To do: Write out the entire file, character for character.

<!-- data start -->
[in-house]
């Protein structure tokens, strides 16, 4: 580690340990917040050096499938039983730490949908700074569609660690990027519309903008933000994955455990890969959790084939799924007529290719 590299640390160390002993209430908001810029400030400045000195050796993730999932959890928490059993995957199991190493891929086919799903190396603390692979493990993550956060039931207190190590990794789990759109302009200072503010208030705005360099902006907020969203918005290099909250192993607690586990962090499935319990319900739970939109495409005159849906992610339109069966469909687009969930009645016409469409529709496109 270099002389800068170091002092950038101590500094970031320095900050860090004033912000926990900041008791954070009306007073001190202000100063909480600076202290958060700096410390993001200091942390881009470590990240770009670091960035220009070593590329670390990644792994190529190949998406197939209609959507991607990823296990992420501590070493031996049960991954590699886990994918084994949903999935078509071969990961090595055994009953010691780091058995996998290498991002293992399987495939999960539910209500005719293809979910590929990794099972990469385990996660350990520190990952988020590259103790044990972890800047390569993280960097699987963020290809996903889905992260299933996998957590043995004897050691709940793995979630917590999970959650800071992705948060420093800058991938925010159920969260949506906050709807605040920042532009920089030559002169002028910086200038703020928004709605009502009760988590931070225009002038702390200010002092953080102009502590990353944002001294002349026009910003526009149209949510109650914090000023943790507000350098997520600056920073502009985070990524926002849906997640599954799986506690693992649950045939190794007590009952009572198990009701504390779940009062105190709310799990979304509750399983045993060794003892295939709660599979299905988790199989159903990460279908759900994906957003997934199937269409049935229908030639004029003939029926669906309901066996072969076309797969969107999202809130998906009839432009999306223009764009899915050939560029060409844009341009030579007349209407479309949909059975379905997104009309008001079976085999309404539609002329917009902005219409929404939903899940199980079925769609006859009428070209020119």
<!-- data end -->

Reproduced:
[in-house]
């Protein structure tokens, strides 16, 4: 580690340990917040050096499938039983730490949908700074569609660690990027519309903008933000994955455990890969959790084939799924007529290719 590299640390160390002993209430908001810029400030400045000195050796993730999932959890928490059993995957199991190493891929086919799903190396603390692979493990993550956060039931207190190590990794789990759109302009200072503010208030705005360099902006907020969203918005290099909250192993607690586990962090499935319990319900739970939109495409005159849906992610339109069966469909687009969930009645016409469409529709496109 270099002389800068170091002092950038101590500094970031320095900050860090004033912000926990900041008791954070009306007073001190202000100063909480600076202290958060700096410390993001200091942390881009470590990240770009670091960035220009070593590329670390990644792994190529190949998406197939209609959507991607990823296990992420501590070493031996049960991954590699886990994918084994949903999935078509071969990961090595055994009953010691780091058995996998290498991002293992399987495939999960539910209500005719293809979910590929990794099972990469385990996660350990520190990952988020590259103790044990972890800047390569993280960097699987963020290809996903889905992260299933996998957590043995004897050691709940793995979630917590999970959650800071992705948060420093800058991938925010159920969260949506906050709807605040920042532009920089030559002169002028910086200038703020928004709605009502009760988590931070225009002038702390200010002092953080102009502590990353944002001294002349026009910003526009149209949510109650914090000023943790507000350098997520600056920073502009985070990524926002849906997640599954799986506690693992649950045939190794007590009952009572198990009701504390779940009062105190709310799990979304509750399983045993060794003892295939709660599979299905988790199989159903990460279908759900994906957003997934199937269409049935229908030639004029003939029926669906309901066996072969076309797969969107999202809130998906009839432009999306223009764009899915050939560029060409844009341009030579007349209407479309949909059975379905997104009309008001079976085999309404539609002329917009902005219409929404939903899940199980079925769609006859009428070209020119």